Wednesday, 10 September 2014

UK and France get powerful EU jobs

Juncker gives key EU economy jobs to UK and FranceMr Juncker has reshuffled some policy areas as priorities have changed
The UK will oversee financial services in the new 28-strong European Commission – a surprise appointment expected to please the UK government.

The job goes to Jonathan Hill, former leader of the House of Lords.
France also got a powerful post – ex-Finance Minister Pierre Moscovici, a socialist, will run EU economic policy.
There has been intense national rivalry over the top jobs. There are seven vice-presidents for key areas such as growth, better regulation and energy.
Three of the seven powerful new posts have gone to women.
Commission President Jean-Claude Juncker is giving details at a news conference now.
Levers of power
The team includes five former prime ministers, four deputy prime ministers and seven returning commissioners, appointed for a new five-year term.
The Commission is seen as the most powerful EU institution, as it drafts EU laws, ensures compliance with EU treaties and negotiates far-reaching trade deals with international partners.
It is the target of much hostility from Eurosceptics, who accuse Brussels of wasting taxpayers’ money and creating too many regulations, handicapping businesses.
EU officials say that having a detailed common rulebook, enforceable EU-wide, helps the single market by reducing national barriers.
The City of London dominates financial services in the EU, despite the UK being outside the euro. The appointment of Lord Hill is likely to please the City, as the UK prepares for a tricky renegotiation of powers with Brussels.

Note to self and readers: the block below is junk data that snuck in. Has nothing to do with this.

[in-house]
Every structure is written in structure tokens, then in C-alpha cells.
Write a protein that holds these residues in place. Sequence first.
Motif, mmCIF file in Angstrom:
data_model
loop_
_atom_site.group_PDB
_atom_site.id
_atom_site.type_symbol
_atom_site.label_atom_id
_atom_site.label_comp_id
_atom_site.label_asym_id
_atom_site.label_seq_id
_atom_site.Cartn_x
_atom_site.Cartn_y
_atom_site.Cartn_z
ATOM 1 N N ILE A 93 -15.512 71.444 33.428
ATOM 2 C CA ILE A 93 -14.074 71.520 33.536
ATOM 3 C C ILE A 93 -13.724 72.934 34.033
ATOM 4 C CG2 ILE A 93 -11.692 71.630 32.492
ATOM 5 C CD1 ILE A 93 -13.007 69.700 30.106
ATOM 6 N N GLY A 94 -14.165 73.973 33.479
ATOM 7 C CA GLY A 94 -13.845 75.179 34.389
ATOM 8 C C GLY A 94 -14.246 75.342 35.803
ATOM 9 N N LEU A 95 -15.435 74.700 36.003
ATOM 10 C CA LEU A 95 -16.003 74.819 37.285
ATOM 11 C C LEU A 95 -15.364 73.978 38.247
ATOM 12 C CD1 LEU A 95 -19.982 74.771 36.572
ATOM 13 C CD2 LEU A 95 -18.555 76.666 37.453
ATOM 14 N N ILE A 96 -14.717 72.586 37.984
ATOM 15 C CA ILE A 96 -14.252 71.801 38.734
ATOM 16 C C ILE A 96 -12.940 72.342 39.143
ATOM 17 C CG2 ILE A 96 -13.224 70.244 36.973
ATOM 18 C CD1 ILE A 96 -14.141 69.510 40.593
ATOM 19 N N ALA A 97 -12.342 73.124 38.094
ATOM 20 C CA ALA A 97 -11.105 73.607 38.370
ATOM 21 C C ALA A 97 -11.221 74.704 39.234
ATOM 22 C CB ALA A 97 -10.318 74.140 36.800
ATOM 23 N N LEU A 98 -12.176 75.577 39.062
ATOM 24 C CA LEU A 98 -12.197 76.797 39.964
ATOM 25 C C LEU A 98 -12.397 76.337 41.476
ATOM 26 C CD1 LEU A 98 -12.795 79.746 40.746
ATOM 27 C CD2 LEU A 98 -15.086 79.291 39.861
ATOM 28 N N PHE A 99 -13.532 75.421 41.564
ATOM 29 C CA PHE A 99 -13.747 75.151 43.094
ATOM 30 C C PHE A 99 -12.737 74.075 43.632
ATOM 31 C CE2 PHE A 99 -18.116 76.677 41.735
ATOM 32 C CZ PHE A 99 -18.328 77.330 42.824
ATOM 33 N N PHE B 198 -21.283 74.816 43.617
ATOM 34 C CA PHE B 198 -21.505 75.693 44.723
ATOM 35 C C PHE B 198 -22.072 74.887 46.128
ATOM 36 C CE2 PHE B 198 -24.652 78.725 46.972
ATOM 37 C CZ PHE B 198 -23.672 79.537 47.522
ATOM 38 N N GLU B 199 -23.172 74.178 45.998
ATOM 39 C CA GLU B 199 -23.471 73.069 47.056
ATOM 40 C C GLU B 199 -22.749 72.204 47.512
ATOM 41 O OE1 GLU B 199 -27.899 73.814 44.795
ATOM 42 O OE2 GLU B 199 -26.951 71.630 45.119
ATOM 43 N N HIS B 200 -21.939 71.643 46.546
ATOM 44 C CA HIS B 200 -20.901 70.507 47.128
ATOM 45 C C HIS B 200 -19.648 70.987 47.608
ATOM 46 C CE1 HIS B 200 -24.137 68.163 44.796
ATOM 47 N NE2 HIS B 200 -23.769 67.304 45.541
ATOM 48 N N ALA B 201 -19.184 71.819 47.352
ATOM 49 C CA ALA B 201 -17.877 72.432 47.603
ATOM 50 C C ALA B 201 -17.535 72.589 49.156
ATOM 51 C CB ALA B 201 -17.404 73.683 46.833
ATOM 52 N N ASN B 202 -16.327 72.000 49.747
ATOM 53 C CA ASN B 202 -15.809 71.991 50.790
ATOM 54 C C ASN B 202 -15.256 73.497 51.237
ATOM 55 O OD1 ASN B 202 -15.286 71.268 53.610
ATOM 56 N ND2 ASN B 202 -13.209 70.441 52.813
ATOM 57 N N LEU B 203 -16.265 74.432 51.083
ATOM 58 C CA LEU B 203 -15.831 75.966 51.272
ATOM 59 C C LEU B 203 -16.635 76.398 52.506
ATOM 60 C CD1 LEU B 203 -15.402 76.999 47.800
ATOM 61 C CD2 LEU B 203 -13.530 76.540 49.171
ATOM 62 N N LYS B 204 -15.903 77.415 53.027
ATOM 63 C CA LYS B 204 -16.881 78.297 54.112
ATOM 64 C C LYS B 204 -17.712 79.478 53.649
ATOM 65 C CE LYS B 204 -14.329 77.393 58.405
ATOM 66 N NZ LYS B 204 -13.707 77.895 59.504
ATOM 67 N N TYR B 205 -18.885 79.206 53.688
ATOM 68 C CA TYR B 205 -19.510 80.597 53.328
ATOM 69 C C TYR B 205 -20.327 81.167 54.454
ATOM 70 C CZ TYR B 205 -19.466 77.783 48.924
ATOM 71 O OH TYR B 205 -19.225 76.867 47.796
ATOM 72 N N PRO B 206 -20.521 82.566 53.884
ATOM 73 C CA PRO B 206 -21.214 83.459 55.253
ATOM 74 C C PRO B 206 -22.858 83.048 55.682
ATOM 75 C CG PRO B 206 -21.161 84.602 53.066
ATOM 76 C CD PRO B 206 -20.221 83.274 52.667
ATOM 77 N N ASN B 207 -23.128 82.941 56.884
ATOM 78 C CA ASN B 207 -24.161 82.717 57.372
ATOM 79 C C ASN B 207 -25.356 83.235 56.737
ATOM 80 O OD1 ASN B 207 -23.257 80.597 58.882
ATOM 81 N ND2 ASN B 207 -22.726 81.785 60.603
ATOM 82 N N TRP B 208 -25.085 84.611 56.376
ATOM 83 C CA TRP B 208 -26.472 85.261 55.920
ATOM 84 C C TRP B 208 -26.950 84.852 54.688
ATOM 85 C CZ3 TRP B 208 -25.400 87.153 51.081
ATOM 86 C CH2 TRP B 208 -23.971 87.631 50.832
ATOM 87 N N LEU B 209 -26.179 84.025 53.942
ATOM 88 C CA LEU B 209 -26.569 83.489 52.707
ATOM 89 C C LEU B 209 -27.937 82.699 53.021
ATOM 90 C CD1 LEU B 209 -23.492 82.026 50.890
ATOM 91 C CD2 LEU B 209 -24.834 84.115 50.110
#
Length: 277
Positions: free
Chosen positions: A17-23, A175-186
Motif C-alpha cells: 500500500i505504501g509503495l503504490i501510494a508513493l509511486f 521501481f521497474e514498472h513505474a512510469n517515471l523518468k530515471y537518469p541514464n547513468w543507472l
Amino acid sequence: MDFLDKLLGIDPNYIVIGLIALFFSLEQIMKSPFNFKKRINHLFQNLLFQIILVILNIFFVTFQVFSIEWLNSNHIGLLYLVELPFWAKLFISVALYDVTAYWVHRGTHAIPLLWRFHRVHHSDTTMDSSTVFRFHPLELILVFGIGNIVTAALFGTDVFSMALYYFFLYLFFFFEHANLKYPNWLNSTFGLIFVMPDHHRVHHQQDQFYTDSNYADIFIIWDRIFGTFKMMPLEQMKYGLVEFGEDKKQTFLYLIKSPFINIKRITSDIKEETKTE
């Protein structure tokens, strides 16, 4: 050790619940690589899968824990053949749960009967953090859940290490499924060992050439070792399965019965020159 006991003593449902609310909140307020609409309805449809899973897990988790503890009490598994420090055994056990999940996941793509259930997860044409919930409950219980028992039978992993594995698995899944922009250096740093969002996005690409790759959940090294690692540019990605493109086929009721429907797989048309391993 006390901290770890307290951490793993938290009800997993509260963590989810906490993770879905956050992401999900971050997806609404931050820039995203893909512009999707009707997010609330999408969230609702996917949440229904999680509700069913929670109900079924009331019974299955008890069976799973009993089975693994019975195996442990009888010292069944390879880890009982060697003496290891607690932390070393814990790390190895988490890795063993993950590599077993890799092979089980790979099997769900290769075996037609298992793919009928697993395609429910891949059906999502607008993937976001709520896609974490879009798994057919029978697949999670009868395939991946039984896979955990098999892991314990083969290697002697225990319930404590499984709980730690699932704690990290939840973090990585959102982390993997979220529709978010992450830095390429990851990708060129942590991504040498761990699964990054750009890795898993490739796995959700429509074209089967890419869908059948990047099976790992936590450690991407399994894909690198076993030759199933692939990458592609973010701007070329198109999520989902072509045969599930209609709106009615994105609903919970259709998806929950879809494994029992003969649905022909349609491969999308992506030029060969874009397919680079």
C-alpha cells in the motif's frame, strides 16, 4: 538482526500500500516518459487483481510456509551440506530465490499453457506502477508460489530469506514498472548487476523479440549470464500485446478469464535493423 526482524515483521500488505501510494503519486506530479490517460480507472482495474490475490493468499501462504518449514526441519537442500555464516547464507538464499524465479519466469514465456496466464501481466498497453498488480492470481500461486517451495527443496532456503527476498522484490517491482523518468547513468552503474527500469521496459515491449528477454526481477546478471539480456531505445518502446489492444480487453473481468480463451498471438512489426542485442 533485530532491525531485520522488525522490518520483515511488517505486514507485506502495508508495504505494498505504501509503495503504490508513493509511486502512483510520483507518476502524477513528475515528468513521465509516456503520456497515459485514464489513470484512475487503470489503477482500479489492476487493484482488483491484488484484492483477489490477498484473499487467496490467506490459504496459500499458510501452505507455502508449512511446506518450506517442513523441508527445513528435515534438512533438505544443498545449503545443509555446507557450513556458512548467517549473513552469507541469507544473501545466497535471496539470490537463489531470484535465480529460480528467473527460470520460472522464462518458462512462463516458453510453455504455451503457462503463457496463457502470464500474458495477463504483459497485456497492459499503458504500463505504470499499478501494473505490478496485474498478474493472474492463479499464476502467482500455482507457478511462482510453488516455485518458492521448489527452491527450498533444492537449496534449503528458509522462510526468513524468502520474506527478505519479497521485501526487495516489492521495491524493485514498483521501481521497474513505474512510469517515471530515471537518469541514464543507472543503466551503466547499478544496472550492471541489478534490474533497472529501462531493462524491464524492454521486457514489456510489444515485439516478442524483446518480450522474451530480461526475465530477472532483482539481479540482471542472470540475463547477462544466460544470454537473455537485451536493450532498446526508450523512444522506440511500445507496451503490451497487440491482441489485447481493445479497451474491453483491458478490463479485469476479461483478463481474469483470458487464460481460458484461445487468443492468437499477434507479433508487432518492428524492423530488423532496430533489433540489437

Lord Hill has been influential at Westminster but is little known in the EU
Mr Juncker, who served for many years as Luxembourg prime minister, said his choices were aimed at “breaking down silos and moving away from static structures”.
One of the new vice-presidents is the EU High Representative for Foreign Affairs, Federica Mogherini from Italy. She already has the approval of member states.
Mr Juncker called the new seven super commissioners “project vice-presidents”, who will co-ordinate key policy areas.
Frans Timmermans from the Netherlands “will be my right-hand man, more than just a colleague”, Mr Juncker said.
Mr Timmermans would ensure that each Commission proposal was “truly required”.
“We’ll be big hitters when we need to be big hitters but we’ll hold back when we’re talking about minor issues,” Mr Juncker said.
“The first vice-president will also act as a watchdog, upholding the Charter of Fundamental Rights and the Rule of Law in all of the Commission’s activities,” the Commission statement said.
Each country has a commissioner, but the EU tradition is for them to work in the interests of Europe as a whole, not to pursue national agendas.
Nevertheless, each country has its own priorities and often pushes strongly to get a particular post.
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